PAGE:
My dog saves me every morning.
I might be fretting about the trouble
lurking ahead or shaking off a bad night’s
sleep, but I have committed to walking
with Clarabella every morning. It’s frosty
in the winter and sticky in the summer,
but then the blood gets pumping, the
sun starts rising and I am grateful for the
It took me a long time to learn that
we treasure what we put the most time,
work and love into. Not the things we
buy or the money we compile. It’s just
like dragging your sorry self to a gym every
day until one day you realize that you
feel pretty darn good and it’s not such a
chore to work out. It’s like when you sit
through your child’s high school graduation
and realize it was all worth it.
Nothing valuable comes easy.
This month’s interview feature focuses
on the presentation secrets of Steve Jobs.
But I’ll let you in on the mystery – it was
hard work. He practiced for hours and
drove others crazy with details until he
made his presentation look effortless,
like he was just chatting with you.
But Jobs was well aware that the eyes
of the world looked upon him and that
he had a revolution to unfold. Yet it
looked like he had something special
to show you, and only you. I urge you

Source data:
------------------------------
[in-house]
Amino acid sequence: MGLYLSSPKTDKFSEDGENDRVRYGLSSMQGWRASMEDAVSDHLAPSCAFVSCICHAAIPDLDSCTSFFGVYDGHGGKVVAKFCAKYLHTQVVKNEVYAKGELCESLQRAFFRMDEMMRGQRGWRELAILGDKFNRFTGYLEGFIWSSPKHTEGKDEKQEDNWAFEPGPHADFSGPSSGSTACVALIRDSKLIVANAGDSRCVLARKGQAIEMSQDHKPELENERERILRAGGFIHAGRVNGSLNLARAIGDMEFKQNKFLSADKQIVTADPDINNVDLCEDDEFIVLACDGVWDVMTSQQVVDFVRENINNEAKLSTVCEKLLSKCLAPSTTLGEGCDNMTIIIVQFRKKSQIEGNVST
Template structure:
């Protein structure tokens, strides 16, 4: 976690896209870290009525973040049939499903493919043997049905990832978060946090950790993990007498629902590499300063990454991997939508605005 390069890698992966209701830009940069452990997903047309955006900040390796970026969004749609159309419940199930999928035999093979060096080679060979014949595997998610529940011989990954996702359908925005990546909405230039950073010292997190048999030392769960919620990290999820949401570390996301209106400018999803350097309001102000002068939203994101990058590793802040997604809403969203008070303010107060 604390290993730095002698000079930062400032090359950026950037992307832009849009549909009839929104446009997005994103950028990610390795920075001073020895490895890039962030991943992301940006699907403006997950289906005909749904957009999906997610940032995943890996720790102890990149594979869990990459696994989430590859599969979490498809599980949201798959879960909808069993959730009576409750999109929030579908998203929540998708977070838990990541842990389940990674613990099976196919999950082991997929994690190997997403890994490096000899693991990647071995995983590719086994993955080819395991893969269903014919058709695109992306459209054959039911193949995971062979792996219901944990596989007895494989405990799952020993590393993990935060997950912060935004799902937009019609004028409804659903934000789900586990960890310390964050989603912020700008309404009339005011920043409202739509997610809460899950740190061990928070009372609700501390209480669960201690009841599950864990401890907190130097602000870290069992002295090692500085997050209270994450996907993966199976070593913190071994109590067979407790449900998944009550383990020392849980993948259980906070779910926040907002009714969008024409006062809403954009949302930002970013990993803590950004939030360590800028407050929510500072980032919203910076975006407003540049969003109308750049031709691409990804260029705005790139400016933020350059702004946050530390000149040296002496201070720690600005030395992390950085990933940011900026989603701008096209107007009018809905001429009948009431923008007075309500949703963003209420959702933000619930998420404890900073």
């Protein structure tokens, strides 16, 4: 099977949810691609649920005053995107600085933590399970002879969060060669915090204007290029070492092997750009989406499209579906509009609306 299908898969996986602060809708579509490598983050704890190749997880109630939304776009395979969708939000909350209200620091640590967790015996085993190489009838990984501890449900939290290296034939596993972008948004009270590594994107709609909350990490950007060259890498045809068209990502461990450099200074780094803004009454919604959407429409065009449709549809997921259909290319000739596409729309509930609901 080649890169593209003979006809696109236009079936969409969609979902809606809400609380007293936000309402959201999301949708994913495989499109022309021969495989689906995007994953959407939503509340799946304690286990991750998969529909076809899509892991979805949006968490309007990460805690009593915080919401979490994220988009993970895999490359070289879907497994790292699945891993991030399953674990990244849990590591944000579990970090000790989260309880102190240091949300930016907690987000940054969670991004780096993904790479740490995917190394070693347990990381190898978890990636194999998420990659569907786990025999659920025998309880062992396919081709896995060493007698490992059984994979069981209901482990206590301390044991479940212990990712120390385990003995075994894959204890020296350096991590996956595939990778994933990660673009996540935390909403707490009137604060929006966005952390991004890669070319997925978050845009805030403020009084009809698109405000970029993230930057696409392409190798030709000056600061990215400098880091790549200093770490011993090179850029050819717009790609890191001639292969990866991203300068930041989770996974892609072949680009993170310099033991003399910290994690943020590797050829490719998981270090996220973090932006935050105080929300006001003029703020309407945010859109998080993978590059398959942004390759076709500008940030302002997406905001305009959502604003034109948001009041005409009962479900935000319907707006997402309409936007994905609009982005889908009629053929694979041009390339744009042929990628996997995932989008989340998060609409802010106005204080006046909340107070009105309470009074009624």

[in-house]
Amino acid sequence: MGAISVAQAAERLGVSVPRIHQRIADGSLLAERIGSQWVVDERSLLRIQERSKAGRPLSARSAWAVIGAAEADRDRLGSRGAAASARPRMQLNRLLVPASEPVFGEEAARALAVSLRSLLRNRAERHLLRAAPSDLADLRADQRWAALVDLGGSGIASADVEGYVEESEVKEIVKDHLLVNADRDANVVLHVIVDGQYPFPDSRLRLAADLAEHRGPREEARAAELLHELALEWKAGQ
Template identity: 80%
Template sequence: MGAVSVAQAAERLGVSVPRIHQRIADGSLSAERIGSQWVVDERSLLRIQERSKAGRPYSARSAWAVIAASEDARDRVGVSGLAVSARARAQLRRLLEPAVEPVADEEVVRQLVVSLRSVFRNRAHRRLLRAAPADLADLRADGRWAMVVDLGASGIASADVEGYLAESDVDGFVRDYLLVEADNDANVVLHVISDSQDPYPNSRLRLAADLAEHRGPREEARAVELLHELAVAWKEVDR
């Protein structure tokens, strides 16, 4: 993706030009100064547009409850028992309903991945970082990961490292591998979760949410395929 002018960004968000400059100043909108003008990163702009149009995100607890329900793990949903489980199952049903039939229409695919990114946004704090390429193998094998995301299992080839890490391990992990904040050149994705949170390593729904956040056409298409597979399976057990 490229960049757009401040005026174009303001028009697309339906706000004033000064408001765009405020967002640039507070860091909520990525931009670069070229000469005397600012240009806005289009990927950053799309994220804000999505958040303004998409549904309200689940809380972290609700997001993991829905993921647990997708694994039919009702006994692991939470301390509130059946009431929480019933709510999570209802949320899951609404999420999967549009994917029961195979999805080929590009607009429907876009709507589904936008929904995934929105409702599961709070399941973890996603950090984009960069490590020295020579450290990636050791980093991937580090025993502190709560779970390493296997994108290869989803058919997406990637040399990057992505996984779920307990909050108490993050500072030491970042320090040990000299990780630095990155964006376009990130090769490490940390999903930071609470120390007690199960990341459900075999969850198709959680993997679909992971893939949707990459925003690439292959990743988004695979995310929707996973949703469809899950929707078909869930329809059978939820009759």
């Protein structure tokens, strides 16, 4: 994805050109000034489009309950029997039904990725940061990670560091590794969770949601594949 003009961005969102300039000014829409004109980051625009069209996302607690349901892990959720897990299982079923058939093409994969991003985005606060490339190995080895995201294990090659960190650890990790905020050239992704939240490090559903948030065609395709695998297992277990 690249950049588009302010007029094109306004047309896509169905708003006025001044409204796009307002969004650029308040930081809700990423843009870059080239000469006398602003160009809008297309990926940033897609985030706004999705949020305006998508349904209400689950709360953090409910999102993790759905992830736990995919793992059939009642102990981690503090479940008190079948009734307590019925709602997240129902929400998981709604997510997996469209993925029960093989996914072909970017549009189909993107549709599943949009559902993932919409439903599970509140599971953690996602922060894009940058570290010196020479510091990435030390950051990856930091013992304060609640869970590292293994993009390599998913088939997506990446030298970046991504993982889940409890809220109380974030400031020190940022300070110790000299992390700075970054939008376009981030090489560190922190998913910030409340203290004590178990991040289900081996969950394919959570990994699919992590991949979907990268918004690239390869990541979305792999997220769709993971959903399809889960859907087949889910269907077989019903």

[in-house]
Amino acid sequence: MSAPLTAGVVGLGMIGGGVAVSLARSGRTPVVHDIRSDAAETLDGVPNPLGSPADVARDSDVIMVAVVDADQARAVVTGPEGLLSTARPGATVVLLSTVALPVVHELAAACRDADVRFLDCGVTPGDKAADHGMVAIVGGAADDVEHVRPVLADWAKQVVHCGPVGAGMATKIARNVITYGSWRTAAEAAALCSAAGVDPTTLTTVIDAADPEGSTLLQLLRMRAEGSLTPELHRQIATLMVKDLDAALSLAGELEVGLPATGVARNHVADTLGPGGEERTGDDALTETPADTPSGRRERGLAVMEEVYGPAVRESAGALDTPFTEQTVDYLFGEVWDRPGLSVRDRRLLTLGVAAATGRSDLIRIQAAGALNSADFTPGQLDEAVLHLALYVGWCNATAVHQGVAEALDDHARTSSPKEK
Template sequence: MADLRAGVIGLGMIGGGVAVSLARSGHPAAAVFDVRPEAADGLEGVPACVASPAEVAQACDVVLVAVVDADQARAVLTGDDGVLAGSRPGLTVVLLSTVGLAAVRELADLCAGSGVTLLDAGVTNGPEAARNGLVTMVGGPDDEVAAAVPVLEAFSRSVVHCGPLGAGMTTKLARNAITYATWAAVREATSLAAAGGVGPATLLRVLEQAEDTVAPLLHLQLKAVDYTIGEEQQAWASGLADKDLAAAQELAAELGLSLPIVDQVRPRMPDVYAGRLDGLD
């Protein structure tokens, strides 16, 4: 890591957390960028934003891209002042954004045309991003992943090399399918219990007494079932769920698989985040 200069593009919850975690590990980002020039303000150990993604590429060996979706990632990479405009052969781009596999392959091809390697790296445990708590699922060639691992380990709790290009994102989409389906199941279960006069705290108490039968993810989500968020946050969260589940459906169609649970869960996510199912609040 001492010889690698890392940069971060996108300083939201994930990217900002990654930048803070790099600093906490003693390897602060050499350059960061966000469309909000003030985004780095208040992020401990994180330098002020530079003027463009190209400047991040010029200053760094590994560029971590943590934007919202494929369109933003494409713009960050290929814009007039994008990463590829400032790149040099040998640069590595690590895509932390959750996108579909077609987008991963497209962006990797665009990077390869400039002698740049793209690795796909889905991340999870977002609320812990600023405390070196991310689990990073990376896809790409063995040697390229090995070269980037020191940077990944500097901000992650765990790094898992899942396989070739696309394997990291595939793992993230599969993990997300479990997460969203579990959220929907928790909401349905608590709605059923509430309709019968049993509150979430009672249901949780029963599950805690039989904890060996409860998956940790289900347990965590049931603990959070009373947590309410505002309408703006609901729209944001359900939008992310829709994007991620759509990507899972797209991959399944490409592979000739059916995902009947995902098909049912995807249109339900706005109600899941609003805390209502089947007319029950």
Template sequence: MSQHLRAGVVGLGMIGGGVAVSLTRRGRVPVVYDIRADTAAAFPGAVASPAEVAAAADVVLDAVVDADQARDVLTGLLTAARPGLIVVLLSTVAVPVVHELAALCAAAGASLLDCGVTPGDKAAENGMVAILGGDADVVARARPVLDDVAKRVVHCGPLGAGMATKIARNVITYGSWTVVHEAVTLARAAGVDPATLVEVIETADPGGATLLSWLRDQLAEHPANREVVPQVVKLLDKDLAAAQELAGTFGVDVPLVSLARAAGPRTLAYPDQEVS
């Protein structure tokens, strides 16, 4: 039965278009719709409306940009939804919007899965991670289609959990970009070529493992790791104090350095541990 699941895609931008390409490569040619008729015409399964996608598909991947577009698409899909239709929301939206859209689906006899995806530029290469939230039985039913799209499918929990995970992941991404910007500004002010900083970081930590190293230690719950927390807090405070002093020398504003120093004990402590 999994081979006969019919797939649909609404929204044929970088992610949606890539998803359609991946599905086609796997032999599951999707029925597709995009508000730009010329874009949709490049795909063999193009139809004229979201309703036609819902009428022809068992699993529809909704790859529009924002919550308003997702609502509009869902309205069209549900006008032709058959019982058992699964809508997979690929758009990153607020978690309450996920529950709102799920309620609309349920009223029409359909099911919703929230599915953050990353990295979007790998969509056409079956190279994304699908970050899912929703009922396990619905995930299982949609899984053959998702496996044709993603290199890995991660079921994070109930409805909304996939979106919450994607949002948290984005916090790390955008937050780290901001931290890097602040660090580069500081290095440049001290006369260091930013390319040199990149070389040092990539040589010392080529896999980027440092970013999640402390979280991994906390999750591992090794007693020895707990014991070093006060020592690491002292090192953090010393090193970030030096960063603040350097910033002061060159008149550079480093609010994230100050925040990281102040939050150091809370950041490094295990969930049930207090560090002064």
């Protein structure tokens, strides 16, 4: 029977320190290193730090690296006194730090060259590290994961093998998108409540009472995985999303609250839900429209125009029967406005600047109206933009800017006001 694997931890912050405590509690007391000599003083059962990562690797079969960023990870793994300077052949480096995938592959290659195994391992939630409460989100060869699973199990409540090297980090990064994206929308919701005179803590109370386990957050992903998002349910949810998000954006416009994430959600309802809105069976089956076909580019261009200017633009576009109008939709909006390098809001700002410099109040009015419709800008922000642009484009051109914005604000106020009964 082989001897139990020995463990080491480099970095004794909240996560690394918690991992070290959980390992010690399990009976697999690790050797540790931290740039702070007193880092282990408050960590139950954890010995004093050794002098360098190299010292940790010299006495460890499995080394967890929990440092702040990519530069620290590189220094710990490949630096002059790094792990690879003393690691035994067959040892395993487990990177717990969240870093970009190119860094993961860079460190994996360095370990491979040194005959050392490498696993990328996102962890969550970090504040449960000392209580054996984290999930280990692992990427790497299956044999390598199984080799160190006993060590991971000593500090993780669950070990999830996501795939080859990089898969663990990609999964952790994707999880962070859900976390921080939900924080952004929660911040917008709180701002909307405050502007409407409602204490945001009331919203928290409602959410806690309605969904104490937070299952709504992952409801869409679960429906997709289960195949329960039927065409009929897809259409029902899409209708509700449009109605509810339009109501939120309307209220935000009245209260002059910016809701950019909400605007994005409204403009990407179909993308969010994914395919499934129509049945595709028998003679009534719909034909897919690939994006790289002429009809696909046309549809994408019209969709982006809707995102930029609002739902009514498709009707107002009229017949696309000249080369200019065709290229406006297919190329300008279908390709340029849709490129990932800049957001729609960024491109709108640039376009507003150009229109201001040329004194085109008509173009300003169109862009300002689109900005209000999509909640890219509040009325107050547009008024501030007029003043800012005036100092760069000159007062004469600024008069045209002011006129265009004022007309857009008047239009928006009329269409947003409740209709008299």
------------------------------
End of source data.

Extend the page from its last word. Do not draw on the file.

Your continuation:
to go to YouTube and check out his iPhone
presentation from 2007. Looking
at it now, it is astonishing to realize that
it was one of those moments when you
can mark time with a pre- and a post-.
But it was a simple presentation, as engaging
as his devices.
Jobs was famously difficult and demanding,
although his efforts paid off
for him and for the rest of us. Yet for all
his seemingly antisocial tendencies, he
wanted to be surrounded by his family as
he approached death. As he gazed at his
children, his last words were, “oh, wow.”
In December, most of us looked at
our children and those closest to us
with more gratitude as others faced the
unimaginable in a small corner of New
England. Many of us asked why this
world is so unforgiving and hard.
But it means we are constantly learning
to be thankful.
Steve Jobs said, “Death is the single
best invention of life.” Every end promises
a new beginning. Every night means a
new day. I learn each dawn to be grateful
And for the dog that walks me.